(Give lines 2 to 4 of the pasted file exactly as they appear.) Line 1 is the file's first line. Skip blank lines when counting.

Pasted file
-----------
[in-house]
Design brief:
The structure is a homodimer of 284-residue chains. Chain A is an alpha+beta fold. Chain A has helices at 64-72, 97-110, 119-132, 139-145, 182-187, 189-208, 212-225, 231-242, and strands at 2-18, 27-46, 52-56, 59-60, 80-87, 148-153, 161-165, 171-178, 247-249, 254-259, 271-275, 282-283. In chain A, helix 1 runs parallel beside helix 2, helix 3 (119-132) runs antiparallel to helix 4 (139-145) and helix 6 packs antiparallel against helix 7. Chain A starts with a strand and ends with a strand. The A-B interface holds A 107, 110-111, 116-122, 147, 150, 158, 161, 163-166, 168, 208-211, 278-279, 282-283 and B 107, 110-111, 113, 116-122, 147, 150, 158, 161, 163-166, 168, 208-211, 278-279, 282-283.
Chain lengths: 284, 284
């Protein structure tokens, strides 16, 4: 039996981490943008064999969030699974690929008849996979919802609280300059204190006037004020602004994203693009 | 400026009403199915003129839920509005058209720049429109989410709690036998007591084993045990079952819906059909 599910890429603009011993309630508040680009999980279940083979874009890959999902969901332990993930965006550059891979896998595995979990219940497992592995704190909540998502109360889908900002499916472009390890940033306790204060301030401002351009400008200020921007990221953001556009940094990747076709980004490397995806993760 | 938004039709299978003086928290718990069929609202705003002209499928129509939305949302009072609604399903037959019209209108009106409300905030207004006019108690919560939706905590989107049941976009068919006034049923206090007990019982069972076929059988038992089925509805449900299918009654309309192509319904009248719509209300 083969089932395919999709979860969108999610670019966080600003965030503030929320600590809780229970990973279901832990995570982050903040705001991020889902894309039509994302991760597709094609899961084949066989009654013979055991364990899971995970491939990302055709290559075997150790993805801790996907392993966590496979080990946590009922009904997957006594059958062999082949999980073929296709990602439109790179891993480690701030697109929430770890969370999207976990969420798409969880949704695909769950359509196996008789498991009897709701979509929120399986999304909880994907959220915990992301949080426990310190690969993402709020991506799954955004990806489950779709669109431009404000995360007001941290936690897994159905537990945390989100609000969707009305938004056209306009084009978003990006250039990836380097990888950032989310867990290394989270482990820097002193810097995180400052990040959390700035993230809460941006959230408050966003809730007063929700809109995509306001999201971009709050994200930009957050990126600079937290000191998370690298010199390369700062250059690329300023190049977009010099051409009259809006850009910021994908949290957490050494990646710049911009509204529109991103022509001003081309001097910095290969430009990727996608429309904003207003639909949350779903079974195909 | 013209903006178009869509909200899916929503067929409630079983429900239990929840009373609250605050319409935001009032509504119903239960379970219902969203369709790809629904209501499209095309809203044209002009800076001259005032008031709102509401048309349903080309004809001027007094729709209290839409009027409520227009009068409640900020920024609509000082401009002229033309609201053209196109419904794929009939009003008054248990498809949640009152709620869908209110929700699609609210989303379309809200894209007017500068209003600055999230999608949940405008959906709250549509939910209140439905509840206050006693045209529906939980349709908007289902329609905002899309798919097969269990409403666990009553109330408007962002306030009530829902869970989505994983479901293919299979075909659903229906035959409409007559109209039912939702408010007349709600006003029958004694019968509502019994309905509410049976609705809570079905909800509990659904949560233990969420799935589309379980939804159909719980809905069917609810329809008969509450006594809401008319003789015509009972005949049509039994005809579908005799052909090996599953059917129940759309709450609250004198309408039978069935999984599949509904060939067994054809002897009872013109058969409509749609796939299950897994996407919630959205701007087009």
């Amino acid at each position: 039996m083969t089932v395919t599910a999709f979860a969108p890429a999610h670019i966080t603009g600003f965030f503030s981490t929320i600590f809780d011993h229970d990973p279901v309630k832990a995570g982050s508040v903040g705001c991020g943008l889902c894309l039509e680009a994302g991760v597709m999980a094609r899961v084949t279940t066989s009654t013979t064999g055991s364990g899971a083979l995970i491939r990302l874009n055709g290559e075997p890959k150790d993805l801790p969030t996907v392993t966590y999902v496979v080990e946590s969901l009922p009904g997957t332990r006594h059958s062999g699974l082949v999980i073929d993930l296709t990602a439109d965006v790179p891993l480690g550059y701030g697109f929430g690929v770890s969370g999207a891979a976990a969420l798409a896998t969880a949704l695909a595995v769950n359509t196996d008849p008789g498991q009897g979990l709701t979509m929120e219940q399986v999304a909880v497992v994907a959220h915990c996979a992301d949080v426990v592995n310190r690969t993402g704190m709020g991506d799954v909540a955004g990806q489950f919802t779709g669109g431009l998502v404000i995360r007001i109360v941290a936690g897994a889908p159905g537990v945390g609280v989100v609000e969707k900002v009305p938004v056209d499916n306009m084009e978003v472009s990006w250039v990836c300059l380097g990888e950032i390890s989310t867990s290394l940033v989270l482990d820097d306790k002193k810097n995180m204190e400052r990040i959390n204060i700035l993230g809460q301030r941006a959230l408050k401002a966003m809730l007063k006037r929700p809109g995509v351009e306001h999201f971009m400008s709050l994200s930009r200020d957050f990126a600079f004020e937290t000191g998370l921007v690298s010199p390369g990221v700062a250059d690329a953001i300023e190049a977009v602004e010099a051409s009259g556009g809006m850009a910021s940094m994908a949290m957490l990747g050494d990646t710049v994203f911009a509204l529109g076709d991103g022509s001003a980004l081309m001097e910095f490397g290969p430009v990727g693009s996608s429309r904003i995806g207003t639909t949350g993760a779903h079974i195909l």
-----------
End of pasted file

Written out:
Design brief:
The structure is a homodimer of 284-residue chains. Chain A is an alpha+beta fold. Chain A has helices at 64-72, 97-110, 119-132, 139-145, 182-187, 189-208, 212-225, 231-242, and strands at 2-18, 27-46, 52-56, 59-60, 80-87, 148-153, 161-165, 171-178, 247-249, 254-259, 271-275, 282-283. In chain A, helix 1 runs parallel beside helix 2, helix 3 (119-132) runs antiparallel to helix 4 (139-145) and helix 6 packs antiparallel against helix 7. Chain A starts with a strand and ends with a strand. The A-B interface holds A 107, 110-111, 116-122, 147, 150, 158, 161, 163-166, 168, 208-211, 278-279, 282-283 and B 107, 110-111, 113, 116-122, 147, 150, 158, 161, 163-166, 168, 208-211, 278-279, 282-283.
Chain lengths: 284, 284